The landlord who rents the apartments in his building to various tenants, reserving control of the common approaches, is obligated to use reasonable care to keep those approaches reasonably safe for the use of the tenants. This obligation of the landlord extends also to all those who have lawful occasion to visit the tenants for social or business purposes. From the testimony of the plaintiff's grandson, who saw her fall as she stepped off the bottom step of the four steps leading from the front porch of defendant's tenement to the walk, from that of other witnesses as to the condition of the stairway, the absence of railing and of light and of other people who had fallen while stepping down the bottom step under similar conditions, the trial court, in the absence of direct evidence, was entitled to draw the inference of fact that the plaintiff lost her balance because of the difference in the height of this step and the three top steps, and in concluding that this difference in height, combined with the lack of light and of a hand rail, constituted a dangerous condition which the defendant was negligent in failing to correct. The defendant's claim of variance, in that the court in its conclusion referred to the circumstances as constituting a trap, whereas the complaint did not allege a concealed dangerous condition known to the lessor, was without merit, as the court used the word trap in a descriptive sense and the judgment was based upon the failure of the defendant to exercise ordinary care in failing to maintain the stairs in a reasonably safe condition.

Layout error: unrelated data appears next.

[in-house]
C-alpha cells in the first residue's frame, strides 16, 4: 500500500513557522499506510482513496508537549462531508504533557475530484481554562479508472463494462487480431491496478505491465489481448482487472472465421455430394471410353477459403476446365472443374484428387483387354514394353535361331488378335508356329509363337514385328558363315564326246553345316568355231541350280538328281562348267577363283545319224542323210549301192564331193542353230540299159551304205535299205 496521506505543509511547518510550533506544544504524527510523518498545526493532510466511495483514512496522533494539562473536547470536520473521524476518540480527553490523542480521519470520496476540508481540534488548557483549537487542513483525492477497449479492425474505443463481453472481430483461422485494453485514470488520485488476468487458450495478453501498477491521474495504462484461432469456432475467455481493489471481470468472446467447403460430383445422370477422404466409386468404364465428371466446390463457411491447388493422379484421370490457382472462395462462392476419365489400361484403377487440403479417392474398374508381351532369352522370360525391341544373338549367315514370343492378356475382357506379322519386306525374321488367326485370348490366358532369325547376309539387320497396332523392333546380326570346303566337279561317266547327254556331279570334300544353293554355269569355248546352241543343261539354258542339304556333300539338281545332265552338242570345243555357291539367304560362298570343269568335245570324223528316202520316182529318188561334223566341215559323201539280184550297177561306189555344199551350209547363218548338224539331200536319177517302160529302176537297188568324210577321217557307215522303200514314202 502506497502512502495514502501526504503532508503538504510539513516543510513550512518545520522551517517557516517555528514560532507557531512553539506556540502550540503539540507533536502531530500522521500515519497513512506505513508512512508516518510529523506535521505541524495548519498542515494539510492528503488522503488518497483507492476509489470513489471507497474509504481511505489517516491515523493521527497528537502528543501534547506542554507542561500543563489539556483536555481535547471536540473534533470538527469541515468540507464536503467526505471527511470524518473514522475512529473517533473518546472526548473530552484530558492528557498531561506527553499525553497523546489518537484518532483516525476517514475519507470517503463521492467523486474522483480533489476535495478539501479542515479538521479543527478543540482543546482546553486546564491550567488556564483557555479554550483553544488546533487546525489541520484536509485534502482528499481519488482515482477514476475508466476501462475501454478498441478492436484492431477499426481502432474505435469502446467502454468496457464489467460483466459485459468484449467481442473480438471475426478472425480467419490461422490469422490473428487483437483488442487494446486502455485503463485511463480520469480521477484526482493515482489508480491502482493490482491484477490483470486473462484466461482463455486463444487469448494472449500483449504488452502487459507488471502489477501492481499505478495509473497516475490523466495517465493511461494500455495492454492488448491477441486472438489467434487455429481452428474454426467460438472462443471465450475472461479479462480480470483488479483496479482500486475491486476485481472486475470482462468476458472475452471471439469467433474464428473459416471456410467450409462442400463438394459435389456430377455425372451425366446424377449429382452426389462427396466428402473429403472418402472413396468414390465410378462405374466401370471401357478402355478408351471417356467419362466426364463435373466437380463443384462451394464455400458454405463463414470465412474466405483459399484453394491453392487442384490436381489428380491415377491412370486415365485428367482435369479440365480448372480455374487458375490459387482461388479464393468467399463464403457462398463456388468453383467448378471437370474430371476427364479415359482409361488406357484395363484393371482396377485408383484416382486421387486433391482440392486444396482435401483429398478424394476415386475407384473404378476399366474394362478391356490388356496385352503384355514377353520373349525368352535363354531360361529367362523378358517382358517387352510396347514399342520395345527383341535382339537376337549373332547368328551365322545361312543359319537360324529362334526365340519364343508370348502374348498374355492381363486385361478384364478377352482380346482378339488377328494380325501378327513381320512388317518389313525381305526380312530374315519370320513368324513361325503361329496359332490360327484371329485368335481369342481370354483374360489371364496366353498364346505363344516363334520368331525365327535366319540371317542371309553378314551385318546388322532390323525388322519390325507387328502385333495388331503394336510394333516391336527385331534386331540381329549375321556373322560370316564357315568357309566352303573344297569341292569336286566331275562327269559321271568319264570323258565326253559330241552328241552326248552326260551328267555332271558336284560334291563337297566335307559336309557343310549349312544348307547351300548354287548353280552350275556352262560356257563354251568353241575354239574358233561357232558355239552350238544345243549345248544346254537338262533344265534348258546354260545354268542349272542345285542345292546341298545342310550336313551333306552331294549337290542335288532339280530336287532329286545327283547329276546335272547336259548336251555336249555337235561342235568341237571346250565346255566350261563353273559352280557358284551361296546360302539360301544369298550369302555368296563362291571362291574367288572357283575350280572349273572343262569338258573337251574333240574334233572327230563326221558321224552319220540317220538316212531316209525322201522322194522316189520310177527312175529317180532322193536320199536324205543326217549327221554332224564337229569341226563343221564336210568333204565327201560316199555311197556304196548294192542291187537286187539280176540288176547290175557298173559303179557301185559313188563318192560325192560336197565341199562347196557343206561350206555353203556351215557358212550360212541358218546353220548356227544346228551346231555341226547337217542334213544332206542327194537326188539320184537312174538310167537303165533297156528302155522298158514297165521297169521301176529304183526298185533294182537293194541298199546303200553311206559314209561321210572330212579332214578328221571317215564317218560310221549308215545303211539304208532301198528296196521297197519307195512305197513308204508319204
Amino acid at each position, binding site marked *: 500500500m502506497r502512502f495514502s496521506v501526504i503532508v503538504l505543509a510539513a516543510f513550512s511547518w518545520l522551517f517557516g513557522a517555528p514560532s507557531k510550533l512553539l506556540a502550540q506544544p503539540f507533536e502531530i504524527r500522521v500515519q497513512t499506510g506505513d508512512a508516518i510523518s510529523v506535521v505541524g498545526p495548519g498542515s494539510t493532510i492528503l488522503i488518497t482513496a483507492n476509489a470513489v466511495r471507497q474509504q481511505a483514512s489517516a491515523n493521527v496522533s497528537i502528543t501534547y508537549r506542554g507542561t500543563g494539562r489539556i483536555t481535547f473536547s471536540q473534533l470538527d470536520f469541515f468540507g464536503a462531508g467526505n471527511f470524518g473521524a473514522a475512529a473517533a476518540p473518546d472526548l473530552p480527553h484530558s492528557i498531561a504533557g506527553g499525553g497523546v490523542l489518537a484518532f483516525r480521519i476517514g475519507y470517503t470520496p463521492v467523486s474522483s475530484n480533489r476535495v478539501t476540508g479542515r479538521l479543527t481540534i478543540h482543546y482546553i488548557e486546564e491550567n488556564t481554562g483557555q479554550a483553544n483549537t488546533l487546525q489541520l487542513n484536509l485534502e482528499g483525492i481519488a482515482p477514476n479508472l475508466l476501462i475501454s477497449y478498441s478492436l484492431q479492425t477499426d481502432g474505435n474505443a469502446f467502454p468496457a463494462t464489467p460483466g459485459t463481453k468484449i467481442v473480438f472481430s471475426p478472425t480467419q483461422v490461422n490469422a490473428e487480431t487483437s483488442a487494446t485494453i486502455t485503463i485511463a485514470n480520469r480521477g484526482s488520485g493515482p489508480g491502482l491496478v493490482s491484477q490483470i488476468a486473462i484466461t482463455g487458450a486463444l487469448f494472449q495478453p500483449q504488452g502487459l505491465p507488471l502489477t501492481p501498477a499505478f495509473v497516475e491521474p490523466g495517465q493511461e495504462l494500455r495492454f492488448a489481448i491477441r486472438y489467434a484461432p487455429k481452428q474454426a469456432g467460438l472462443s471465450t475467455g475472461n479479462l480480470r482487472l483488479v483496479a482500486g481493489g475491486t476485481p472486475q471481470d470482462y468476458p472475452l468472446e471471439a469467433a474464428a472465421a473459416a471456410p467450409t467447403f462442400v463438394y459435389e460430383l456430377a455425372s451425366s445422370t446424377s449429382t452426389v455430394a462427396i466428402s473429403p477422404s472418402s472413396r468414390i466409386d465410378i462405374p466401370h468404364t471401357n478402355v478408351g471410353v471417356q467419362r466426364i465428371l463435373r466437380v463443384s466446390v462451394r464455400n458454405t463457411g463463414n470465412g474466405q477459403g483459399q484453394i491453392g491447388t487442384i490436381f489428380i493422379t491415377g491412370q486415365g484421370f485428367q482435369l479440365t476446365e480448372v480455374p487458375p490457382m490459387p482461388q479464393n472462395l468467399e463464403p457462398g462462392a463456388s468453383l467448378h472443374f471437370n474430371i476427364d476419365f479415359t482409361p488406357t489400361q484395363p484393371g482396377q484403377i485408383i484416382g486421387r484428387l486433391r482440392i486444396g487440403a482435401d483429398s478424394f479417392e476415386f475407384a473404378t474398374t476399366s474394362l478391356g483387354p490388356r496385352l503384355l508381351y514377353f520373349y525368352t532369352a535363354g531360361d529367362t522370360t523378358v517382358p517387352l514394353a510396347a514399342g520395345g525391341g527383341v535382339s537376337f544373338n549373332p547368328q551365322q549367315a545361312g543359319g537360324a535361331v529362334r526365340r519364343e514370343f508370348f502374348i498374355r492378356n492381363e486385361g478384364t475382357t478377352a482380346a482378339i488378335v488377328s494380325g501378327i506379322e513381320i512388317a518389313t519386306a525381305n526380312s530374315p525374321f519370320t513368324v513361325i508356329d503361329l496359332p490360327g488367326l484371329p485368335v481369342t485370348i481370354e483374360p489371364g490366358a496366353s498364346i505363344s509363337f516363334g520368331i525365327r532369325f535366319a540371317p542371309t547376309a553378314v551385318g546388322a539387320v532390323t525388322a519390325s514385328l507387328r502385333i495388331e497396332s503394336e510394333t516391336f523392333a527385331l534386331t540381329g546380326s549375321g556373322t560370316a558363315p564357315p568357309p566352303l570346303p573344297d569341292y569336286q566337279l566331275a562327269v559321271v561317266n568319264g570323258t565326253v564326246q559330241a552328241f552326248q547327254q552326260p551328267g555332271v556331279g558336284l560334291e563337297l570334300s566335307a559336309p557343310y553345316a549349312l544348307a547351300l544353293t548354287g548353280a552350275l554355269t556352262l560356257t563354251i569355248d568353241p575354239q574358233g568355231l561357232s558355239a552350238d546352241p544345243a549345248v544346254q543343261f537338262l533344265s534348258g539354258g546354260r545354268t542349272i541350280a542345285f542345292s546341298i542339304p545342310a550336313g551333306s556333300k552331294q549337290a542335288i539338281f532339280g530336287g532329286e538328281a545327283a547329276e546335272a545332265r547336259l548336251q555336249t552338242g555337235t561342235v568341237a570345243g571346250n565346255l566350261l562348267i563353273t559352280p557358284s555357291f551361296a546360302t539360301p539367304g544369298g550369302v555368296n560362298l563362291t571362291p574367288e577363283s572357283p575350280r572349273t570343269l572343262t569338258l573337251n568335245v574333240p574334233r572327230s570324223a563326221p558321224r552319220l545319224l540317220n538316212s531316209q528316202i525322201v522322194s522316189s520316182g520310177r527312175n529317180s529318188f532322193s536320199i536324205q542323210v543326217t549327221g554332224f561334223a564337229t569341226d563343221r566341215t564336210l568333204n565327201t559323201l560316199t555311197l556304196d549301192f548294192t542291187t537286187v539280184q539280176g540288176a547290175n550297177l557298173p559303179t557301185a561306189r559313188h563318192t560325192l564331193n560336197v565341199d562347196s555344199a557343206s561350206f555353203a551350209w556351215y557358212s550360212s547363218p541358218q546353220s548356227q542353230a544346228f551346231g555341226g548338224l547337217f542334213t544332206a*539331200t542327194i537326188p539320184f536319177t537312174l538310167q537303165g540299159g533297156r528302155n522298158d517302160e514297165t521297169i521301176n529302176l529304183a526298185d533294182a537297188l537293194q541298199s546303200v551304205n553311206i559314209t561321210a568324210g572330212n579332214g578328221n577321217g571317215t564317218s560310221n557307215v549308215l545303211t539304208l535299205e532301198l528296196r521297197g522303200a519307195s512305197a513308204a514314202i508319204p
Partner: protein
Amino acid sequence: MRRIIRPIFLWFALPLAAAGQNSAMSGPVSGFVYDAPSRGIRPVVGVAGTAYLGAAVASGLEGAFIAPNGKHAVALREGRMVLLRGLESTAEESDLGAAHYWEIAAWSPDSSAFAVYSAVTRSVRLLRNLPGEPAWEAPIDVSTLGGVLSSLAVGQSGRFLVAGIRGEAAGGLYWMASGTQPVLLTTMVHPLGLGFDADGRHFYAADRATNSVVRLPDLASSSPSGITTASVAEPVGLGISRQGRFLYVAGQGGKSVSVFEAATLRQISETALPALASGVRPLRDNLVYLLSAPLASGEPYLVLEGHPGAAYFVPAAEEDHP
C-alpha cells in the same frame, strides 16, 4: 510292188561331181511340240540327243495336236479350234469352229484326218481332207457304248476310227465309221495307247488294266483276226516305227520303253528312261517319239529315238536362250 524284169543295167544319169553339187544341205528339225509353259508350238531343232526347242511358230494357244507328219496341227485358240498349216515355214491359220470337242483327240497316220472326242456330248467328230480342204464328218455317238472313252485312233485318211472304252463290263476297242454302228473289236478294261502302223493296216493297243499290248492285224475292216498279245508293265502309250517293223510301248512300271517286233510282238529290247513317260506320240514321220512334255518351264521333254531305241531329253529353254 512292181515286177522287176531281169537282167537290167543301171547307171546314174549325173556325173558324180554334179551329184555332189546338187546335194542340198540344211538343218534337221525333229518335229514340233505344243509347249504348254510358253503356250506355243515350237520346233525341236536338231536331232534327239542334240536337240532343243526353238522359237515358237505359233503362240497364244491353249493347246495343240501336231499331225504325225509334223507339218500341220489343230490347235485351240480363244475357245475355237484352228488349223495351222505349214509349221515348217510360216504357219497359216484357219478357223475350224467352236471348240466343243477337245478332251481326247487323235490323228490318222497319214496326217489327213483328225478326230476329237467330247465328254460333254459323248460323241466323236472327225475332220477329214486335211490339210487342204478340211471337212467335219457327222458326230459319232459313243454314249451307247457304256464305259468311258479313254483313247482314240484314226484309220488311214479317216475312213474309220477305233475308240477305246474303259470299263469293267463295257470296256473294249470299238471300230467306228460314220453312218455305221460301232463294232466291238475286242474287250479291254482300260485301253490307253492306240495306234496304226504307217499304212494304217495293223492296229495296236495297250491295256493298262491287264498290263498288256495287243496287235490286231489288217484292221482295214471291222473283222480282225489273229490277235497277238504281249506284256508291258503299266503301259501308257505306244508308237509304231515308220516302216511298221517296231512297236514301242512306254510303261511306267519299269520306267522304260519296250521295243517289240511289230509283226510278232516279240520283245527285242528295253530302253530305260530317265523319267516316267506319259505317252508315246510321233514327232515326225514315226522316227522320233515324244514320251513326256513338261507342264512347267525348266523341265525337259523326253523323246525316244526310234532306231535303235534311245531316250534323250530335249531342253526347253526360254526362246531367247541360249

Argued October 13th, 1937
Decided December 9th, 1937.
ACTION to recover damages for personal injuries, alleged to have been caused by the negligence of the defendant, brought to the Superior Court in Hartford County and tried to the court, Dickenson, J.; judgment for the plaintiff and appeal by the defendant. No error.
James W. Carpenter, for the appellant (defendant).
Barclay Robinson, with whom, on the brief, was Thomas L. Archibald, for the appellee (plaintiff).
This case was tried to the court; from the finding it appears that the defendant owned an apartment house on Westbourne Parkway in Hartford, consisting of two tenements, the front doors of which opened onto a common front porch under the control of the defendant, from which were four steps leading to a cement waLk which led to the street. The riser of the bottom step was twelve and one-half inches high, while those of the three upper steps were seven and one-half inches high. There was no railing along the side of the steps and little light upon them. On the evening of May 4th, 1936, the plaintiff visited her daughter who occupied one of the tenements. About 9.30 p. m. she left her daughter's tenement and while descending the stairs lost her balance when stepping from the lowest tread to the walk, because of the disproportionate height of the step, fell and was injured. The trial court concluded that the difference in height between the lowest step and the other steps combined with the lack of light and of a hand rail constituted a dangerous condition, and that the defendant was negligent in maintaining and failing to correct this condition, and entered judgment for the plaintiff. In her appeal the defendant asked certain corrections of the finding and maintains that the finding as corrected would not support the judgment.